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Peterson Field Guide to Birds of Western North America, Fourth Edition (Peterson Field Guides) Paperback – March 14, 2010
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With all-new range maps, updated text, and 40 new paintings, the completely revised editions of two classic Peterson Field Guides are sure to be valuable additions to any birder's pocket or daypack. At a trim size of 5 x 8, they are portable but also beautifully illustrated. Photographs, while modern looking and colorful, capture just one moment in time. The paintings in these guides, however, show all of a bird's key field marks and use the Peterson Identification System to make bird identification easier for beginning and intermediate bird watchers. A team of professional birders has updated the text, the maps, and the art for these authoritative guides. Expert birders also created 35 entertaining and easy-to-use video podcasts, which are available to download. They make fun and educational viewing on a computer desktop or MP3 player.
Last updated in 1990, the Peterson Field Guide to Western Birds covers nearly 600 species on 176 color plates, with 588 comprehensive range maps, now included with the illustrations. Every bird watcher in western North America will want to own this long-awaited, up-to-date fourth edition.
A Look Inside Peterson Field Guide to Western Birds
(Click on each image below to read about the bird group)
|Finchlike Birds||Grosbeaks||Parakeets and Parrots|
Based on the Peterson Field Guide to Birds of North America (2008), this new edition of the original regional guide (1990) brings the same improvements and corrections to maps, taxonomy, and paintings. Peterson Field Guides are best for beginning to intermediate birders and are, as always, wonderful for teachers and trip leaders. The 2010 volumes (that is, this title and the sixth edition of Peterson Field Guide to Birds of Eastern and Central North America) are simply subsets of the 2008 comprehensive volume, and as such contain no new information. Highly recommended for all libraries, especially those that do not own the 2008 North American guide. --Jeff Kosokoff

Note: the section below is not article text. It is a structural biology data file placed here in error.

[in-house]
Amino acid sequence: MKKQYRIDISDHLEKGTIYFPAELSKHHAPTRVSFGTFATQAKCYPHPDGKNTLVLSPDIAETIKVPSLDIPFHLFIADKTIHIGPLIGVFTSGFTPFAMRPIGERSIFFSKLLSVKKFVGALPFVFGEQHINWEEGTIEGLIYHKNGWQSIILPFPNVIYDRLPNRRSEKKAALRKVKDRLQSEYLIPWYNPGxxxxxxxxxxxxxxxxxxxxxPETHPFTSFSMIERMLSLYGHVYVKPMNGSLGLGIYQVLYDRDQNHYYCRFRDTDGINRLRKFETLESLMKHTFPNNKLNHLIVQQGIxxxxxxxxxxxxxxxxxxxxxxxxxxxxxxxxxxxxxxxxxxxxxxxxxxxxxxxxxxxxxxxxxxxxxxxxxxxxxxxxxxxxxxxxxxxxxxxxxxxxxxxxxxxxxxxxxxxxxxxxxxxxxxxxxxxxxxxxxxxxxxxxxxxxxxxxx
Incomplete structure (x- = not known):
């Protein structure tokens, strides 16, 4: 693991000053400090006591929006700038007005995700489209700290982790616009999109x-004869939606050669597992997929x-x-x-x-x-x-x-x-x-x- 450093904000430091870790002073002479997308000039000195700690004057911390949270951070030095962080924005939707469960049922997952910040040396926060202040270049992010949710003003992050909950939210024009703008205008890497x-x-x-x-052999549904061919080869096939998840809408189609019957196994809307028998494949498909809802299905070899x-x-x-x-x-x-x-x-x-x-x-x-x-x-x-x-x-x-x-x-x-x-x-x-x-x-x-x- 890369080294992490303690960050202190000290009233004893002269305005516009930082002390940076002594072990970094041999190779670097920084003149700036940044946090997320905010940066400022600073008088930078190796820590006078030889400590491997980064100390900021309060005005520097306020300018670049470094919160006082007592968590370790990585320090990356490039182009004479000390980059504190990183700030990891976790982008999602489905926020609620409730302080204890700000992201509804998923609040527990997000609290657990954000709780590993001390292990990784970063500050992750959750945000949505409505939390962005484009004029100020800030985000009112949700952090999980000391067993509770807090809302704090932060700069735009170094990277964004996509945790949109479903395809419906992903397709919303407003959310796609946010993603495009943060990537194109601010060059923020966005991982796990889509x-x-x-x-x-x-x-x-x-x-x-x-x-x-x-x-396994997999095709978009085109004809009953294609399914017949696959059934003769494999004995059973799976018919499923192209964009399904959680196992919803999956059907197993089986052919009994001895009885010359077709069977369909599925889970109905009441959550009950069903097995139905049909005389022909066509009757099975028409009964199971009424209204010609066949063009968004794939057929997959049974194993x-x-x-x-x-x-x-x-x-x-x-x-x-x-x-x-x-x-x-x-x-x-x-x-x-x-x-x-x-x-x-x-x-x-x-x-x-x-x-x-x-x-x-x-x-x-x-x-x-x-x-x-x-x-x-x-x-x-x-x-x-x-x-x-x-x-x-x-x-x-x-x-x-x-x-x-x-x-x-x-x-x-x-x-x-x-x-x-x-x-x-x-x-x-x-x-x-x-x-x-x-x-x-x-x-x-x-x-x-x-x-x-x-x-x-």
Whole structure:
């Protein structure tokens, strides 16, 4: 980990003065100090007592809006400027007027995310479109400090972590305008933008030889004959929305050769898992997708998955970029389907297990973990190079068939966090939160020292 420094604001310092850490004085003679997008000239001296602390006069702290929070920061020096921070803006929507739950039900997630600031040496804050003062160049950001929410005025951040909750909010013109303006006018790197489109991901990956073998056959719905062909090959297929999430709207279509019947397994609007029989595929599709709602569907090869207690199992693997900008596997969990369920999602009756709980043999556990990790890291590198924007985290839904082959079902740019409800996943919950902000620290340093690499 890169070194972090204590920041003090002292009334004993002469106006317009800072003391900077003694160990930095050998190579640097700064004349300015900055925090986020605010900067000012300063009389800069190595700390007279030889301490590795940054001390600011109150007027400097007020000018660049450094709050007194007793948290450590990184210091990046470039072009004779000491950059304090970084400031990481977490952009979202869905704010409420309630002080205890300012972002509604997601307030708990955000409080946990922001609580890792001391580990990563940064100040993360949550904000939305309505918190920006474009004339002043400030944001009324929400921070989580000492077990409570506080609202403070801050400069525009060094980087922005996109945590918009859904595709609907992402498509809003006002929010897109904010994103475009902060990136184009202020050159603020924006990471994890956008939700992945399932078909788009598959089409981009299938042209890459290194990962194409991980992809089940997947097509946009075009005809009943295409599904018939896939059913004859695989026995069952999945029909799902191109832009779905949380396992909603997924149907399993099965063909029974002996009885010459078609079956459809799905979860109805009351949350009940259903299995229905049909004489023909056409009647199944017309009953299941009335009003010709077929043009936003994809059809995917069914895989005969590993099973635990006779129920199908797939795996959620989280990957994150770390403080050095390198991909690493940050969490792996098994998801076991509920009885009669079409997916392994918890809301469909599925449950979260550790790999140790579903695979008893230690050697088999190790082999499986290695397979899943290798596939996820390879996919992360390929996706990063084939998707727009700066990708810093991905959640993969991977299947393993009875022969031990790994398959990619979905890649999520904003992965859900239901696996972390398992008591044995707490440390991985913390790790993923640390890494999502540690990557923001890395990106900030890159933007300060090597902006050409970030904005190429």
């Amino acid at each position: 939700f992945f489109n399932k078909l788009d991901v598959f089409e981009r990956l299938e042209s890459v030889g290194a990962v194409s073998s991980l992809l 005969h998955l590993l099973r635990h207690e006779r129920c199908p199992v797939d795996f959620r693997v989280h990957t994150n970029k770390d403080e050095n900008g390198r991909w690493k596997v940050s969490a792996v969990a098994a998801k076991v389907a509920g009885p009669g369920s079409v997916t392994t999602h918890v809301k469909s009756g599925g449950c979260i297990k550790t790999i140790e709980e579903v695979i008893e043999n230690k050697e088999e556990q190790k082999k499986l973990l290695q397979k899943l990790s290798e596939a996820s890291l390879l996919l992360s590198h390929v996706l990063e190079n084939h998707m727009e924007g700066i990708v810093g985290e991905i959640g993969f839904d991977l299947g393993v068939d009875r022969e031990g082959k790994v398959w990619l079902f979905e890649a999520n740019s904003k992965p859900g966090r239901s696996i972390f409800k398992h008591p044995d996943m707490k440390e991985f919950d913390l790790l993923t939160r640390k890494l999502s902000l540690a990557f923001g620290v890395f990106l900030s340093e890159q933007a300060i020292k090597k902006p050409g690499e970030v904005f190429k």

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Top Customer Reviews
I also love this new addition. Although it is a bit larger, it is still smaller that my Sibley guide. It also has some of the improvements that made the Sibley guides popular, such as maps on the same page as the bird illustrations. (Another reviewer has complained the maps are not accurate, but I must admit that I only use the maps as a very general reference. The bird migration and shifting populations seem to make the presence of many birds "outside the map" a real possibility where I live).
The larger illustrations are a real improvement (much appreciated as my eyes age). The biggest difference for me, after years of birdwatching, is that the Peterson Guide is only one of the sources I consult. Now I carry a field guide but am more likely to take field notes and sketches home to look at more than one source. Perhaps because I studied art when I was young, I prefer the less constrained illustrations by Peterson vs. Sibley. All in all, the Peterson Guide is still the one I will carry with me in the field as the quick reference. I have often heard that Peterson is not for "serious' birders. Well, it has served this amateur well for several decades. The new addition is a delight. It is not prefect, there is no perfect; but if I were to recommend one guide to western birds, this would be the one.